Antitrust Trade & Regulation

Written by Lisa Navarro

In September 2013, the Office of Fair Trading (“OFT“) issued statements of objection (“SO“) in two separate resale price maintenance cases. The first relates to the sale of sports bras, and the second to mobility scooters. Distinct products, sold in different ways, but both have allegedly been the subject of arrangements between suppliers and retailers aimed at artificially managing the prices that consumers pay.

The investigation into price fixing for sports bras was launched in April 2012. It focused on the conduct of DB Apparel UK Limited (“DBA“) with regard to its Shock Absorber range of sports bras. Between 2009 and 2011, DBA allegedly entered into nine agreements with three major department store chains covering nationwide sales of multiple products within the Shock Absorber range. The agreements contain provisions which set a fixed or minimum resale price for the products, thereby resulting in prices being higher than they might otherwise have been.

The OFT’s decision to issue an SO to Pride Mobility Products Limited (“Pride“) and a number of the retailers that sell its mobility scooters follows a market study on the mobility aids sector which concluded in 2011. Pride and its retailers are accused of being party to arrangements which prevented the retailers from advertising online prices at levels below Pride’s recommended retail price.
Continue Reading

Written by Luke Dixon

Recent news on both sides of the Atlantic has included considerable commentary on the issues of data privacy and international data flows. With an important vote on the issue due to take place in the EU Parliament next month, now seems like a good time to bring readers up to date with progress on the proposed draft General Data Protection Regulation (the “Regulation”). This legislation (once adopted by the EU) will provide the superstructure to its approach to the challenges of data privacy in the 21st Century.

The European Commission published its reform proposals for EU data protection law in January 2012. These reforms are intended to replace the current Directive 95/46/EC on the protection of individuals with regard to the processing of personal data and on the free movement of such data (the “Data Protection Directive” or the “Directive”).

The reforms are chiefly embodied in a draft Regulation which is currently making its way through the EU’s legislative process (albeit not at a breakneck pace). The Regulation is aimed at harmonizing the data protection procedures and enforcement across the whole EU. This should provide a “one-stop shop” for non-EU companies who want to understand their compliance obligations. Under the current Directive, the EU Member States have more scope for interpretation in their national laws, and their implementation of EU law has been more uneven. This note highlights some of the key changes to the present regime that will be introduced if the draft Regulation is adopted in its current form.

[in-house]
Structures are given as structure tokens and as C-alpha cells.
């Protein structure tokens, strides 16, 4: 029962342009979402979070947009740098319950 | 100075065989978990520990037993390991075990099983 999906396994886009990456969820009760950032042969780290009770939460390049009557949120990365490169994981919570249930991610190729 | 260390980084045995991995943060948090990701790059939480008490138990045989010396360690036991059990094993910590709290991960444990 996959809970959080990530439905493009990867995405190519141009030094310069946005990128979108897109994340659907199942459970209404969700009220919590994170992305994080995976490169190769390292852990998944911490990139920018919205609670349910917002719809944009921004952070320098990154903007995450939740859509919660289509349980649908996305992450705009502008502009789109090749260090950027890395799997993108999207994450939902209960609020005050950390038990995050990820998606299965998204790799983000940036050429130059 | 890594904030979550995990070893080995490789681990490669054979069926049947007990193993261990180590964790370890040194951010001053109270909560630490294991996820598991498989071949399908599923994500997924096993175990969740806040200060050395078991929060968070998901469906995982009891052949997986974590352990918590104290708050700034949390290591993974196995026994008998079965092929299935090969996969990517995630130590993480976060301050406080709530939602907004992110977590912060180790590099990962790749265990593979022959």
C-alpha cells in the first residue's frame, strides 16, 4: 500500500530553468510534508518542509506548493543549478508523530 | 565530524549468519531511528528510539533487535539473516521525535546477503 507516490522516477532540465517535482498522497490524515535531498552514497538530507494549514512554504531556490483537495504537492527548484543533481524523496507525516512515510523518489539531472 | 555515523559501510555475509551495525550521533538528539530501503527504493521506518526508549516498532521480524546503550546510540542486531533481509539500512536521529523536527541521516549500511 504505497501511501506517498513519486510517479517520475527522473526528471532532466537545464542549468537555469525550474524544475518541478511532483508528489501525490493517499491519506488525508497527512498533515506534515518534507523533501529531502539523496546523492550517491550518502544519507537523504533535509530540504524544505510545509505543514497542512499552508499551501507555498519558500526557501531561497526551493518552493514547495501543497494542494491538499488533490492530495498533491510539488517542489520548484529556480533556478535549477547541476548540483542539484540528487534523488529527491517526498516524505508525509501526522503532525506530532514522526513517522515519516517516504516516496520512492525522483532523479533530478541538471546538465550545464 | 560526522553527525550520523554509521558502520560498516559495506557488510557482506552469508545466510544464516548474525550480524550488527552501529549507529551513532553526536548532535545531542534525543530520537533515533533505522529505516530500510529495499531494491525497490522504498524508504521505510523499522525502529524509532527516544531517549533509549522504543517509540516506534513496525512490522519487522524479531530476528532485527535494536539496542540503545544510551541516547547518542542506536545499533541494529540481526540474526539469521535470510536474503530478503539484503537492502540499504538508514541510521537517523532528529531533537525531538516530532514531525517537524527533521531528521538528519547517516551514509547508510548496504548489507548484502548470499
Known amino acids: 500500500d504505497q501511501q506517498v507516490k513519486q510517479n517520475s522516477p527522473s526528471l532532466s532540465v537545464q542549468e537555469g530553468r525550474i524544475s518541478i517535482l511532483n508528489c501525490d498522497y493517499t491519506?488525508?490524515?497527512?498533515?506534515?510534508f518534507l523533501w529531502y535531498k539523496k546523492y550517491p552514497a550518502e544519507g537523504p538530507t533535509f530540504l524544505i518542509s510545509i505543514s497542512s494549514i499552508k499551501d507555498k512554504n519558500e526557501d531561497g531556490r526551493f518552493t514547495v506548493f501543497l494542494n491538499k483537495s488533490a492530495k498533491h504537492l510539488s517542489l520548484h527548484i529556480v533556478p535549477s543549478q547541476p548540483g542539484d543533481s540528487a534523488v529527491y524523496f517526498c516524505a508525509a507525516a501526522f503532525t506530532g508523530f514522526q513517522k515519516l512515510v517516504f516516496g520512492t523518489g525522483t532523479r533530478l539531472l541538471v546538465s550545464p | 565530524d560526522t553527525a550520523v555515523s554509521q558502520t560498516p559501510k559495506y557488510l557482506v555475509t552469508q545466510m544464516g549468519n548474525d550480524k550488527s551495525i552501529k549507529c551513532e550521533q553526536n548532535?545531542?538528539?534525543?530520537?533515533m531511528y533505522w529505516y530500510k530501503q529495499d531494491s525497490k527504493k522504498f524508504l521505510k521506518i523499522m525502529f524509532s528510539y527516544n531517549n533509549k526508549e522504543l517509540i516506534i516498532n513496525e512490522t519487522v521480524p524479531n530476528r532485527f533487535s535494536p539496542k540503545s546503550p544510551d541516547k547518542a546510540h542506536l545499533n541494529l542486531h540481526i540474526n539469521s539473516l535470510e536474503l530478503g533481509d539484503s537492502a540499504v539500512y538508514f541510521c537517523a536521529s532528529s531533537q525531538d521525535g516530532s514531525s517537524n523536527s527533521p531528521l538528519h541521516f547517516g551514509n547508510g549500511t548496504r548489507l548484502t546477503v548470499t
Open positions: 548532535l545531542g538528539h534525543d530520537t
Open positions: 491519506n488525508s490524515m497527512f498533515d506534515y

Continue Reading

Written by Simon Harms | Stephen C. Tupper

As many businesses will be acutely aware, the preparation of merger control notifications to the European Commission (the “Commission“) under the EU Merger Regulation (the “EUMR“) in respect of M&A transactions requires a considerable amount of effort by in-house teams and external legal and economic advisers and results in significant costs in terms of professional fees and management time.

As detailed below, the Commission is currently proposing small but significant changes to its notification rules to ensure that these financial and administrative burdens are only imposed when absolutely necessary.

By way of background, the EUMR uses monetary turnover thresholds to determine whether a notification must be made in respect of an M&A transaction. While this provides parties with a great deal of certainty regarding the need to make a filing, it also means that the rules catch transactions which could not, by any stretch of the imagination, have a real impact on competition (e.g. acquisitions by parties which have no, or minimal, overlapping operations with their targets).
Continue Reading